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UNCLASSIFIED July 2010 Slide 1 of 18 DoD Health Information Privacy Rules Governing Release of Soldier’s Protected Health Information to Commanders.

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Presentation on theme: "UNCLASSIFIED July 2010 Slide 1 of 18 DoD Health Information Privacy Rules Governing Release of Soldier’s Protected Health Information to Commanders."— Presentation transcript:

1 UNCLASSIFIED July 2010 Slide 1 of 18 DoD Health Information Privacy Rules Governing Release of Soldier’s Protected Health Information to Commanders

2 UNCLASSIFIED July 2010 Slide 2 of 18 Objectives Provide information on the Health Insurance Portability & Accountability Act (HIPAA) Privacy Rule military exception. Make providers and Commanders aware of their obligations to communicate protected health information when it affects a Soldier’s fitness for duty. Increase communication between providers, Soldiers, and Commanders.

3 UNCLASSIFIED July 2010 Slide 3 of 18 HIPAA Privacy Rule Purpose Assure that individuals’ health information is properly protected Allow the flow of health information needed to provide health care Balance important uses of information and patient privacy Use or disclose Protected health information for permitted purposes

4 UNCLASSIFIED July 2010 Slide 4 of 18 Military Exception PHI is disclosed to a Soldier’s Commander to assure the proper execution of the military mission Disclosures are to: –determine the Soldier’s fitness for duty, –determine the Soldier’s fitness to perform any particular mission, –report on casualties in any military operation, or –carry out any other activity IAW applicable military regulations or procedures.

5 UNCLASSIFIED July 2010 Slide 5 of 18 Fitness for Duty Determine the soldier’s fitness for duty, including but not limited to the member's compliance with standards and activities carried out under: –AR 50-1 (Biological Surety) –AR 50-5 (Nuclear Surety) –AR 50-6 (Chemical Surety) –AR (Personnel Security Program) –AR (The Army Weight Control Program), –AR (Physical Evaluation for Retention, Retirement, or Separation) –AR (Standards of Medical Fitness).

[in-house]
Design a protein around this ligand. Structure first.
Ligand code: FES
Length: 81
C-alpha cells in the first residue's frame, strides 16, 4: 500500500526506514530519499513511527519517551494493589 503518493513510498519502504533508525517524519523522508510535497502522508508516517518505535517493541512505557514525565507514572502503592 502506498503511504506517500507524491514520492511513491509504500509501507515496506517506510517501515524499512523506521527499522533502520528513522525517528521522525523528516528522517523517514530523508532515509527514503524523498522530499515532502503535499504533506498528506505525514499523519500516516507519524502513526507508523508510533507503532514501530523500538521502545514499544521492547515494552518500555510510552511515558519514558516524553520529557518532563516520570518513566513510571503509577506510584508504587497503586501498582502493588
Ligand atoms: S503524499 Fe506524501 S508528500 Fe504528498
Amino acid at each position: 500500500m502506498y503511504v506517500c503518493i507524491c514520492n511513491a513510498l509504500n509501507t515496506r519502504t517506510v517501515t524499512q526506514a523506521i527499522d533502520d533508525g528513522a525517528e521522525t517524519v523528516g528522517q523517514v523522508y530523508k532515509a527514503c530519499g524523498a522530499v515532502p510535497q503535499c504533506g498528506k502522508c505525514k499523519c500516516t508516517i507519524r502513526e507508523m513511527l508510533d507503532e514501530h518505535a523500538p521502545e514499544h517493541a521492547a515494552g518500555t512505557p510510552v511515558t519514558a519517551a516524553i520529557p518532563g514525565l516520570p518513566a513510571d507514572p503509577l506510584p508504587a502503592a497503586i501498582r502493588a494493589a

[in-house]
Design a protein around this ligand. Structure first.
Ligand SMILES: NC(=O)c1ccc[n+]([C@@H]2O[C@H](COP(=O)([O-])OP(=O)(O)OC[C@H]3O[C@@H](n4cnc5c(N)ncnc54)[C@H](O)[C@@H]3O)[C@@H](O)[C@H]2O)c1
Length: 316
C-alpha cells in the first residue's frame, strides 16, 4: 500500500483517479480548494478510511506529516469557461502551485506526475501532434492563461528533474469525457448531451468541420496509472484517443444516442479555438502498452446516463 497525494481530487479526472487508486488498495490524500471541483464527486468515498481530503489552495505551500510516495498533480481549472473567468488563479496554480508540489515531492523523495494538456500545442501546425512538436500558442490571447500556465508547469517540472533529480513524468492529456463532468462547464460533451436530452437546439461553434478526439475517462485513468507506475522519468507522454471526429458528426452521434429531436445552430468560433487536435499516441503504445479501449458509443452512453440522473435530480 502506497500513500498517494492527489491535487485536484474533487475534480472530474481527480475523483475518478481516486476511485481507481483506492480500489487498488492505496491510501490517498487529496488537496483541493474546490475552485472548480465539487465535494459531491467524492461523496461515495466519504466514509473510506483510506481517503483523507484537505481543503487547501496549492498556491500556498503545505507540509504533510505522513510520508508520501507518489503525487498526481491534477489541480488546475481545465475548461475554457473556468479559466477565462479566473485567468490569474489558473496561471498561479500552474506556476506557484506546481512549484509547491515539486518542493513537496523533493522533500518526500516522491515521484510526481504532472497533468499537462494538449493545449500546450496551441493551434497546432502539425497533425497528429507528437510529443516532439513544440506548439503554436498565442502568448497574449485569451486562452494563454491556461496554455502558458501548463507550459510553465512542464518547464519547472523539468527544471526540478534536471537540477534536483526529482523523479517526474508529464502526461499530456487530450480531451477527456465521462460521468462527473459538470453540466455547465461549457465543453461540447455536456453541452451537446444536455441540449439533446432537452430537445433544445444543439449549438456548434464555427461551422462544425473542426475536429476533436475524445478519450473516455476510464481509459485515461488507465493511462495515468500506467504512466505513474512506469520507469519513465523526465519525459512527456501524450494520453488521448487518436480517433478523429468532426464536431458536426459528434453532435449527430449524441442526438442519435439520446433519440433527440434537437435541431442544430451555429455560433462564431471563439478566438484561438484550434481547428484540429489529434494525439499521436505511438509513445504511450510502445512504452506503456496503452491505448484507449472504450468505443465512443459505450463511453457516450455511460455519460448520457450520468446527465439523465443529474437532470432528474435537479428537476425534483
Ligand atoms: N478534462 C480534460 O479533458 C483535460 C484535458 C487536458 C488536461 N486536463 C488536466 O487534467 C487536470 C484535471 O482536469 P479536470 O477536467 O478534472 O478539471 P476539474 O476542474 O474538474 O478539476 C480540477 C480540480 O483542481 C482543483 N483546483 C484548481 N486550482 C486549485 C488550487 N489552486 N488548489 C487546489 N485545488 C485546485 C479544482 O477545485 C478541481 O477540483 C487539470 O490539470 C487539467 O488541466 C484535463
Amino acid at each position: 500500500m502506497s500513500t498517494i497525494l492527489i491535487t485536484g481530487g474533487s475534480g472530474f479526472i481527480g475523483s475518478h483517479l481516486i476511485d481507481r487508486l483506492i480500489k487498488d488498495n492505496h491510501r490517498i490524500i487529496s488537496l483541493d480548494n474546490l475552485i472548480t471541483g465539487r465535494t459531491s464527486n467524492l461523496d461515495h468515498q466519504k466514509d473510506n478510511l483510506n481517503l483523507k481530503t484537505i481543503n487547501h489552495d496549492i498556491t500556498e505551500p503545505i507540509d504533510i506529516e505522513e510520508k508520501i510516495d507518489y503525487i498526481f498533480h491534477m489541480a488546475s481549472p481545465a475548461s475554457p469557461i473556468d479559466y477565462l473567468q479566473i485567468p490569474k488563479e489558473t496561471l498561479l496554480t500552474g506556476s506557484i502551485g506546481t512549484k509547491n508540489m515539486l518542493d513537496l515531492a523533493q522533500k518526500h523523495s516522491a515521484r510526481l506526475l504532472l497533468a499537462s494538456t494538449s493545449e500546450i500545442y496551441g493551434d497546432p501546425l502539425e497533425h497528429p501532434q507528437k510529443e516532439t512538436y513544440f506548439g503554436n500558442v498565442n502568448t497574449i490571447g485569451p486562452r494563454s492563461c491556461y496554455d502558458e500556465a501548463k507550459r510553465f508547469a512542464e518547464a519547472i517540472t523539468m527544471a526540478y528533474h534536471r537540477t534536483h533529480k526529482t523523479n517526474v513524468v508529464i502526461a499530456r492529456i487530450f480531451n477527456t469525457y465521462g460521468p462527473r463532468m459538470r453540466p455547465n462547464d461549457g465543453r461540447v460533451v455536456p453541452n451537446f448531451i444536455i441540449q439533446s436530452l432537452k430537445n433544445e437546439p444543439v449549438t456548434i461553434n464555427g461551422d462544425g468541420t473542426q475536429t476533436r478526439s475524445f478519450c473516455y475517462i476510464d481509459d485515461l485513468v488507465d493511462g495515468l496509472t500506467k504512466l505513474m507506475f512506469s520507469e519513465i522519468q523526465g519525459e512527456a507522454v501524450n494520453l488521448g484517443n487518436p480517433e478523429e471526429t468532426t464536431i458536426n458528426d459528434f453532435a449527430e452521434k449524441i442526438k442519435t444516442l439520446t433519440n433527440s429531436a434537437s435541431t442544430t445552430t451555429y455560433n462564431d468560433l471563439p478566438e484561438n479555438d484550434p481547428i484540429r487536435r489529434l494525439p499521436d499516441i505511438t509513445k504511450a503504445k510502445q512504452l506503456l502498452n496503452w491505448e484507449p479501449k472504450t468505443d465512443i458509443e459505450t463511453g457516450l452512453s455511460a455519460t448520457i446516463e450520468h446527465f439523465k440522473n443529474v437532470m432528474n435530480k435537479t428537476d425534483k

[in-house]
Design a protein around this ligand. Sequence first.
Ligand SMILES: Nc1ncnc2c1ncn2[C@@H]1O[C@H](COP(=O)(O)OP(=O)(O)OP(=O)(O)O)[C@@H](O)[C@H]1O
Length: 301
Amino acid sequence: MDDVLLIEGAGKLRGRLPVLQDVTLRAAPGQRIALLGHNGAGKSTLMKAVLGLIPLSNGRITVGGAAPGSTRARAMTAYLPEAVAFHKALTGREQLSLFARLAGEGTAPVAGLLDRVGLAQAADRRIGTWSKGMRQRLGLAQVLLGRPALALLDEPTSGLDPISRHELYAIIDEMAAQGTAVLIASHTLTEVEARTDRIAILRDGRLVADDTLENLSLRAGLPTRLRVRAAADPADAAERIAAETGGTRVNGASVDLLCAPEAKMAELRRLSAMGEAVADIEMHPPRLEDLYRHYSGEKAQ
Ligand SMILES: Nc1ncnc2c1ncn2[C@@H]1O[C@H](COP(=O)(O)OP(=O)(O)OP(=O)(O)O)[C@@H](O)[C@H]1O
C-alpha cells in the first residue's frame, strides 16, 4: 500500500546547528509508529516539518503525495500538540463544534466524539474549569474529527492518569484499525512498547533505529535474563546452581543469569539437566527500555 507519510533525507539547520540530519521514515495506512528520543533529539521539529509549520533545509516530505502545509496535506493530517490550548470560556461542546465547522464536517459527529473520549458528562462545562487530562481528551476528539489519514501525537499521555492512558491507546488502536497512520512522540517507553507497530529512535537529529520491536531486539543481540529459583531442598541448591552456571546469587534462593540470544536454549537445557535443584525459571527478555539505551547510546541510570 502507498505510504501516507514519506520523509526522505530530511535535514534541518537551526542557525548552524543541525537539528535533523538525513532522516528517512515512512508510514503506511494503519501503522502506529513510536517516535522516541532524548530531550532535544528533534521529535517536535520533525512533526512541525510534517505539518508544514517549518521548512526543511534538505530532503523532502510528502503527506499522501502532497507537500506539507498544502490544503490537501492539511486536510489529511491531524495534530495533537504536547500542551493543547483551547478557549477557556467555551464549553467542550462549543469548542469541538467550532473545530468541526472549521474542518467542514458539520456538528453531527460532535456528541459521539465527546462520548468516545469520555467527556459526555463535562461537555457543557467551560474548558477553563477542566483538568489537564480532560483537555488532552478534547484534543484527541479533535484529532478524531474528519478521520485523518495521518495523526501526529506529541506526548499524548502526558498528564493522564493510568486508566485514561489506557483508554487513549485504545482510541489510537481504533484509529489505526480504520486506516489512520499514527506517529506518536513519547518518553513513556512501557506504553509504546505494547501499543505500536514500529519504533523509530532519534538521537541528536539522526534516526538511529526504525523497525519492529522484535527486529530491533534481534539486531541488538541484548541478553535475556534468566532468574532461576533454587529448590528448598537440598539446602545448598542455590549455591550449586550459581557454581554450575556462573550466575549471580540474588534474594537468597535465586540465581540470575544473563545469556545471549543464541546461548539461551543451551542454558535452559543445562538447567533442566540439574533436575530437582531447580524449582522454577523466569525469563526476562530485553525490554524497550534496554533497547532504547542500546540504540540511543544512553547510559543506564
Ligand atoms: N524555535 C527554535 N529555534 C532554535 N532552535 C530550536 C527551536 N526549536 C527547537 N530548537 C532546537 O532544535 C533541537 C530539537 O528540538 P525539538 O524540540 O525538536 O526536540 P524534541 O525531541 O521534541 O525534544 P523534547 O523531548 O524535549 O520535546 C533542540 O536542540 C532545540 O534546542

6 UNCLASSIFIED July 2010 Slide 6 of 18 Fitness for Mission PHI may be used or disclosed to determine the Soldier's fitness to perform any particular mission. Examples: –To medically administer flying restrictions IAW AR 40-8 –To report results of physical examinations and profiling IAW AR , e.g., Soldier is prescribed medication that interferes with performance of duties, such as driving or carrying a weapon –To meet deployment standards IAW AR

7 UNCLASSIFIED July 2010 Slide 7 of 18 Report Casualties To report on casualties in any military operation or activity, i.e., AR (Army Casualty Program)

8 UNCLASSIFIED July 2010 Slide 8 of 18 Carry out any other activity IAW applicable military regulations To coordinate routine and emergency care To report Command directed mental health evaluations IAW MEDCOM Regulation To initiate Line of Duty (LOD) determinations IAW AR To report the Soldier's dental classification To respond to queries of accident investigation officers IAW AR